Saturday, November 22, 2008

Another Word About Reviews and a Thought on Dialect

Ah, the joy of reviews.  I too have heard that Harriet Klausner has never met a book she didn’t like, but when it’s your book she’s praising, it’s hard not to think that in that one case, at least, she’s particularly insightful.

I am fascinated by my reviews. They teach me a lot, sometimes stroke my ego, sometimes make me want to stop writing and take up ditch digging. Often they tell me more about the reviewer than the book. Readers will often love something about your writing that you never anticipated. For me, I’ve been amazed at how readers have taken to the recipes in the books. Apparently people love to read about food.

A few months ago I found a new review of The Old Buzzard Had It Coming that appeared in the Norman Transcript. This is the Norman, Oklahoma, daily newspaper, so I was glad to see that they had reviewed the book. We lived in Norman for several years in our youth, so I feel rather like Norman is “back home”.

I’m afraid I don’t know the name of the person who reviewed the book for the paper. The byline is just “staff writer”. I cannot tell if the writer is a man or a woman, so I’ll just vary my pronouns when I refer to her. The review is generally good - he says many very nice things about the book, all of which I appreciated very much. However, she didn’t like the dialog — or more precisely, the dialect — at all. To wit : “…Alafair Tucker is a unique character with depth and intelligence. She’s strong, makes a mean peach pie and can gossip with the best of ‘em — but she doesn’t sound like it. In between wonderful insights and a nice background tale of early Oklahoma life, Casey forces her heroine to spout cliches like ‘I’ll swan’...” 

I have a distinct feeling that this reviewer is young, and that he is an intellectual. I also have an instinct that she’s a native Oklahoman and very concerned about sounding like a hick.  I know the feeling. 

I’m very very aware of  dialect when I write, and often worried about it, too. I do in fact use terms and phrases that are now cliche. And the reason is that this is really the way my grandparents talked, all of whom were teens and twenties in the 1910’s. In truth, I don’t write exactly like they talked, because it would not be understandable if I did.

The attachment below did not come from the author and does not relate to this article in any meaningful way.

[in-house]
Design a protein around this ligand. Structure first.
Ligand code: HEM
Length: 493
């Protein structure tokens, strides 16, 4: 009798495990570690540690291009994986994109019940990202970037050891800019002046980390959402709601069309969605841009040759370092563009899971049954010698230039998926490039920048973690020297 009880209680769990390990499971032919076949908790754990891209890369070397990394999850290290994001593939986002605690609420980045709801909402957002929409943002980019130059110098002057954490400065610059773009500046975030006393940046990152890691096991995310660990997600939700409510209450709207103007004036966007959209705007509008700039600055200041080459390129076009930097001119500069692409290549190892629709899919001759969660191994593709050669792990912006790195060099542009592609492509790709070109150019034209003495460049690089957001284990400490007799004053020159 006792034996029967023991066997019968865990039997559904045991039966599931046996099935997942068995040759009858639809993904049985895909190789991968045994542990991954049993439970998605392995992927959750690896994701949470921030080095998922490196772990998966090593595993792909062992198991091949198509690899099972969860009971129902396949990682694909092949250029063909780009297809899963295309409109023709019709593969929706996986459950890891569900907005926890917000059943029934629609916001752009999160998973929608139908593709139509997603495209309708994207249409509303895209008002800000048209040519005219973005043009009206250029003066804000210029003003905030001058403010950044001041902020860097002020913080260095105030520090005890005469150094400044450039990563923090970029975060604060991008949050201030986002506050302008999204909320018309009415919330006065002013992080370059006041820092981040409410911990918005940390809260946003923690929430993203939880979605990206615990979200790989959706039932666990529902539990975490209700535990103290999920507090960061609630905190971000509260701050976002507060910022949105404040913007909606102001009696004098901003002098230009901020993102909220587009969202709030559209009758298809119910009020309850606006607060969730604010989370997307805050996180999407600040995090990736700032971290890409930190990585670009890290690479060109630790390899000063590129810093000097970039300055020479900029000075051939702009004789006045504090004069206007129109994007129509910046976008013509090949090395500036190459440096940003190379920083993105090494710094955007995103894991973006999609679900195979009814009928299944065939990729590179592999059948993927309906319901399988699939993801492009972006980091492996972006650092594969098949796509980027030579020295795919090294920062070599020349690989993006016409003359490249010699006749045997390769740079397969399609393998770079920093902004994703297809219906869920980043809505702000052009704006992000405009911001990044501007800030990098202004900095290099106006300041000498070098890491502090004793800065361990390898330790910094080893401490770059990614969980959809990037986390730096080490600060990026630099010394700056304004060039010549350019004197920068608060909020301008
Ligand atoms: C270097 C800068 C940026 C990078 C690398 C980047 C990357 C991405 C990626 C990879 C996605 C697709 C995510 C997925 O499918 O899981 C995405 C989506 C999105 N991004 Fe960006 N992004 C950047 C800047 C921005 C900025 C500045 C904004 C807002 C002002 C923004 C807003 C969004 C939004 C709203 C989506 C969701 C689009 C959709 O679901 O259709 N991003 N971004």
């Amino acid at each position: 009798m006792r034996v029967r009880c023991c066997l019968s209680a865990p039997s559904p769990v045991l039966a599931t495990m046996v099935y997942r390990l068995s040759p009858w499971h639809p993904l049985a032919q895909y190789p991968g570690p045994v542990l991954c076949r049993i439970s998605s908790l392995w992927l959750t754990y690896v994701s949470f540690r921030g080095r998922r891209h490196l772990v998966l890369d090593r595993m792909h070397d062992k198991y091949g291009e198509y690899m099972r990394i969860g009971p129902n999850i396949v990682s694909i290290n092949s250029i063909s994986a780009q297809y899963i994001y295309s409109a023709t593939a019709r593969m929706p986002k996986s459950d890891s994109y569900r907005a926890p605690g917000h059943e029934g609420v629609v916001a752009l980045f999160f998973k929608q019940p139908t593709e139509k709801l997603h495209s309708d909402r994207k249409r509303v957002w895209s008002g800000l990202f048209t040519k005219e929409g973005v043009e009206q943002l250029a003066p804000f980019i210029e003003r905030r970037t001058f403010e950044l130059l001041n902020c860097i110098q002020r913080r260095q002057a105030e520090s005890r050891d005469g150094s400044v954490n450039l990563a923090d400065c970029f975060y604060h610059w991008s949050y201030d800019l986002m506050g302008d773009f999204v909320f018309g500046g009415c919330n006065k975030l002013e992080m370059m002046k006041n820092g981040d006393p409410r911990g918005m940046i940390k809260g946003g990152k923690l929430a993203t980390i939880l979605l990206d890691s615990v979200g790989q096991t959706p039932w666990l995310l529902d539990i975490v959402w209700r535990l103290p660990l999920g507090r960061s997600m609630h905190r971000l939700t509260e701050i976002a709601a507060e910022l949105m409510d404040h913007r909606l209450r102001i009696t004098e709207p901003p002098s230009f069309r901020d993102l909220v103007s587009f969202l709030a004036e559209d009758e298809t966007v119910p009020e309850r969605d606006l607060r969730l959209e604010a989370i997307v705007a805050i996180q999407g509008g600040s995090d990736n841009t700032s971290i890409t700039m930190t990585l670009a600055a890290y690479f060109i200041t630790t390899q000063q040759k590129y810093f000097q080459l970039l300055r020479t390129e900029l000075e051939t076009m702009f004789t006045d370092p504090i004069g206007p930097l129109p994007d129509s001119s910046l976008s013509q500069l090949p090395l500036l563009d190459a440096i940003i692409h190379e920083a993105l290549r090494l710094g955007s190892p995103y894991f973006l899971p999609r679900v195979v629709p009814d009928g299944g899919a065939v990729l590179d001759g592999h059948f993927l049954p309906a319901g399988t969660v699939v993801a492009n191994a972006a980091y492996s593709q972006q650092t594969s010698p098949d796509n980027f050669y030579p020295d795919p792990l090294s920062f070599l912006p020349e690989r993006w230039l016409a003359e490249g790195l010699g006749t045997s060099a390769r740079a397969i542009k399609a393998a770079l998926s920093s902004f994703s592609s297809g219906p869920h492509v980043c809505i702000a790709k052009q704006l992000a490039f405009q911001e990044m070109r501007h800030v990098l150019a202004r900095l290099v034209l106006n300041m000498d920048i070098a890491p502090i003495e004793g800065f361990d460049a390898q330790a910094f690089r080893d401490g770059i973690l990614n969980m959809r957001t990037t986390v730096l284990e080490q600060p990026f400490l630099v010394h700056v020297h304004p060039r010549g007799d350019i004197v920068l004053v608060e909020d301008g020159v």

I grew up determined to speak English in as standard a fashion as I could. My parents were college educated, but their parents and older relatives weren’t, so I grew up around country people. My most schooled grandparent graduated from the eighth grade, which was as far as most people in that time and place could go. One grandparent only got as far as the third grade. But just because you didn’t get very far in school doesn’t mean you aren’t smart. Michael Caine, who is Cockney, once said that people too often judge your intelligence by your accent.

Writing dialect is dangerous business, any as any writer knows. It’s really hard not to sound ridiculous, and so most teachers warn students away from it. Now that most people no longer use such a strong dialect, I find that I miss it. To me it sounds like my warm and loving childhood, and that’s why I try to give a flavor of it in my writing. Whether I’ve succeeded or not is debatable, but I’m sure I will continue to try.

Sometimes reviews are weird and interesting, too.  Another Buzzard review that I particularly enjoyed came from another web site called My Reading Corner — A Book Review Blog (http://cmbs.cnc.net/readingcorner). This review was posted on Feb. 11, 2006. The reviewer summarizes the plot, then notes: “The writing style is humorous, and odd.”  

That pretty much summarizes my view of humankind. All it’s members are very humorous and odd.  That includes reviewers.

P.S. tomorrow, our guest blogger is the wonderful Ann Parker, author of Silver Lies, who is going to fill us in on the Women Writing the West conference that I had to miss last month.

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